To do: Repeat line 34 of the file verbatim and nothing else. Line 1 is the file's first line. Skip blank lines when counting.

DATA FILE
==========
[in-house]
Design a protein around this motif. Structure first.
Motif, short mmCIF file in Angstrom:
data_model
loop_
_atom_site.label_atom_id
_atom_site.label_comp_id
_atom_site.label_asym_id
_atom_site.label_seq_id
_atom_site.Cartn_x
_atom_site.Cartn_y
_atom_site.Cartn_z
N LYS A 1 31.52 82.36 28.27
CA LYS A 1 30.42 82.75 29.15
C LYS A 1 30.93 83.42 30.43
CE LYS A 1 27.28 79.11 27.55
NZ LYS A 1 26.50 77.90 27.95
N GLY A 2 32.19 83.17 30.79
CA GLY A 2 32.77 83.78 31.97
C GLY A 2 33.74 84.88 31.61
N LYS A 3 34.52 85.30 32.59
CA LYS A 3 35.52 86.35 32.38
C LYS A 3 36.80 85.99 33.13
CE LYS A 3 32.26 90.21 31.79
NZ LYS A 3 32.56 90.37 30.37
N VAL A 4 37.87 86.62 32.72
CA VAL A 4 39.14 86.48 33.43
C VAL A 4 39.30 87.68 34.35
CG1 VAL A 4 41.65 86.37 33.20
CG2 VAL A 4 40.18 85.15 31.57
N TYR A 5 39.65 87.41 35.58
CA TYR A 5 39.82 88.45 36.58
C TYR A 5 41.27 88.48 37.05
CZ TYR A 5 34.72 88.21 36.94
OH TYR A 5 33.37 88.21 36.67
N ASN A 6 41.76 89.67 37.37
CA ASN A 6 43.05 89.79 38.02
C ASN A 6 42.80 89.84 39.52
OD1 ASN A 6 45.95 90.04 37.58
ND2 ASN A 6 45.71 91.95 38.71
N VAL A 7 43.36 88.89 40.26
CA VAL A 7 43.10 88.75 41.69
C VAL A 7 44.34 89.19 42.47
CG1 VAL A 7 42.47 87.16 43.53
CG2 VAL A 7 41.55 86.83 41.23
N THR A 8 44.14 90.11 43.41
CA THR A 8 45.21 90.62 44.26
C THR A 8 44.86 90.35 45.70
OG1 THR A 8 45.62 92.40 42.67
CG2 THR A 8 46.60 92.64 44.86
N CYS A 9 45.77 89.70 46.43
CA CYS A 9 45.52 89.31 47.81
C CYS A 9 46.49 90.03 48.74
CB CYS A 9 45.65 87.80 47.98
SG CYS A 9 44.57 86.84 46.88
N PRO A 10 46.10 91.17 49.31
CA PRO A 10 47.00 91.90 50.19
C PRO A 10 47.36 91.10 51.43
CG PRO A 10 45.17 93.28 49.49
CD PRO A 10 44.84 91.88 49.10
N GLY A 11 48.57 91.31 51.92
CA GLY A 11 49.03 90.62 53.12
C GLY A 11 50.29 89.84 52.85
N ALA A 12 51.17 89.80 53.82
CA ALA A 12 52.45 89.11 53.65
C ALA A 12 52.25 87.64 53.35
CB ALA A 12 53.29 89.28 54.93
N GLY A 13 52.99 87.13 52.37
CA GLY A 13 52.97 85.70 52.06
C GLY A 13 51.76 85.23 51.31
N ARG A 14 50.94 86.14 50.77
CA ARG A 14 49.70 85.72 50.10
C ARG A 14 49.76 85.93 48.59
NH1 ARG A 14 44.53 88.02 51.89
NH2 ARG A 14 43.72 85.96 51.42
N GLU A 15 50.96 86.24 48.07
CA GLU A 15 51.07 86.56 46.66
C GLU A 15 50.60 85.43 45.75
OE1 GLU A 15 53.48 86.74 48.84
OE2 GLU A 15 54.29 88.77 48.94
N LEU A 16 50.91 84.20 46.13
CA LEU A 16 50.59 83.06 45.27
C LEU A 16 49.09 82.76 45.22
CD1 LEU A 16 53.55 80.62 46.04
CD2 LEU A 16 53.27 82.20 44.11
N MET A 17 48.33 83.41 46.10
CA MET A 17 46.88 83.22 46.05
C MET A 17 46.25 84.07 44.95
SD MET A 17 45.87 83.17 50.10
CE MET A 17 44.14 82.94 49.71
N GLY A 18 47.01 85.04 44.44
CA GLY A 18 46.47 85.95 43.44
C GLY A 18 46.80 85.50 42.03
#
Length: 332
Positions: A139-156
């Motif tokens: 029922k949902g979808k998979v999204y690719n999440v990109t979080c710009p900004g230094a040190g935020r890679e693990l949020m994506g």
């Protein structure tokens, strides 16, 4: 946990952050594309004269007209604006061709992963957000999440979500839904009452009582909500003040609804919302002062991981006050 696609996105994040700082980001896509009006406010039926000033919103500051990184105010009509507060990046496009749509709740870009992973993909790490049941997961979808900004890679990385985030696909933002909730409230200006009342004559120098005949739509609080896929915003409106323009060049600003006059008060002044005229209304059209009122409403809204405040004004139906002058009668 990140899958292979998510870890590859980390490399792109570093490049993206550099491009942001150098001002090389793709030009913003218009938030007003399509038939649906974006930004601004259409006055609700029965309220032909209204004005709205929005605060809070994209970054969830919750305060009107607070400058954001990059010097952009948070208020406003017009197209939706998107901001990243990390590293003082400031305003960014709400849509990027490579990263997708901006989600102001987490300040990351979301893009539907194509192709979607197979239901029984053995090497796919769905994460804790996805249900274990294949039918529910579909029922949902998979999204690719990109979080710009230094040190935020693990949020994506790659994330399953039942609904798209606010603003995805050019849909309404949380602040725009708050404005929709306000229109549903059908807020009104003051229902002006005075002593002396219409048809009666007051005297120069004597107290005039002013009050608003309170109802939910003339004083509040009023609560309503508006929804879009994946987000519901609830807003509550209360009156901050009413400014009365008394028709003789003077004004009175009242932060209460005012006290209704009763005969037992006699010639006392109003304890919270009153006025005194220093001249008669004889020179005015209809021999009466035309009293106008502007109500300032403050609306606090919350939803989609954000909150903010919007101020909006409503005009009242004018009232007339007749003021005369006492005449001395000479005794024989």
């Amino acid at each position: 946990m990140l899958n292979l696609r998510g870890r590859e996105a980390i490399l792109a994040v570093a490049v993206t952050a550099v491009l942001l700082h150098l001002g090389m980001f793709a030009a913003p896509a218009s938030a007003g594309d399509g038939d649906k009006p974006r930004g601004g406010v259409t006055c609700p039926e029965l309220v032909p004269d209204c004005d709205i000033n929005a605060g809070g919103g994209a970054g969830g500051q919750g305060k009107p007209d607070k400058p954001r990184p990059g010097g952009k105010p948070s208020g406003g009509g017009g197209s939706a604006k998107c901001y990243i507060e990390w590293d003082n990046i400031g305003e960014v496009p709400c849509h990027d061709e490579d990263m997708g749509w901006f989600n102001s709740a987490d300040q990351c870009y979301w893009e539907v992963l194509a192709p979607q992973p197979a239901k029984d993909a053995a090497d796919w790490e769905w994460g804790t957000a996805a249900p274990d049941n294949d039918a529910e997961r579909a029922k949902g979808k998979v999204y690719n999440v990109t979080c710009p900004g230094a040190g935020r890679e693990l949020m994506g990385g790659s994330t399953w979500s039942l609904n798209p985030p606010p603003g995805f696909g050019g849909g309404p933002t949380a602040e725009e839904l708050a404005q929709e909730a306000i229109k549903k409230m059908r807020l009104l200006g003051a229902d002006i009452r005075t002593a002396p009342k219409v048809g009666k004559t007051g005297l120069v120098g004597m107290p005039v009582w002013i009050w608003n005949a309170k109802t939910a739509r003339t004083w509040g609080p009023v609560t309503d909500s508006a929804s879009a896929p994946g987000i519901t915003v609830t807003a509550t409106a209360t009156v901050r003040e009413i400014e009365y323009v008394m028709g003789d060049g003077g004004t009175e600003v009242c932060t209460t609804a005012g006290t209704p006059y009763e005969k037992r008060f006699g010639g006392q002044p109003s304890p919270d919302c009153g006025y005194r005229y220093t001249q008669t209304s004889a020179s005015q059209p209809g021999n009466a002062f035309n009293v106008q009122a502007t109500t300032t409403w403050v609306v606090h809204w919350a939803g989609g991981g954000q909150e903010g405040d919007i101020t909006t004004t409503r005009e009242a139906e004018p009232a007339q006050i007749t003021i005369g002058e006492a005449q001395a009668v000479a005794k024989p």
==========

CZ TYR A 5 34.72 88.21 36.94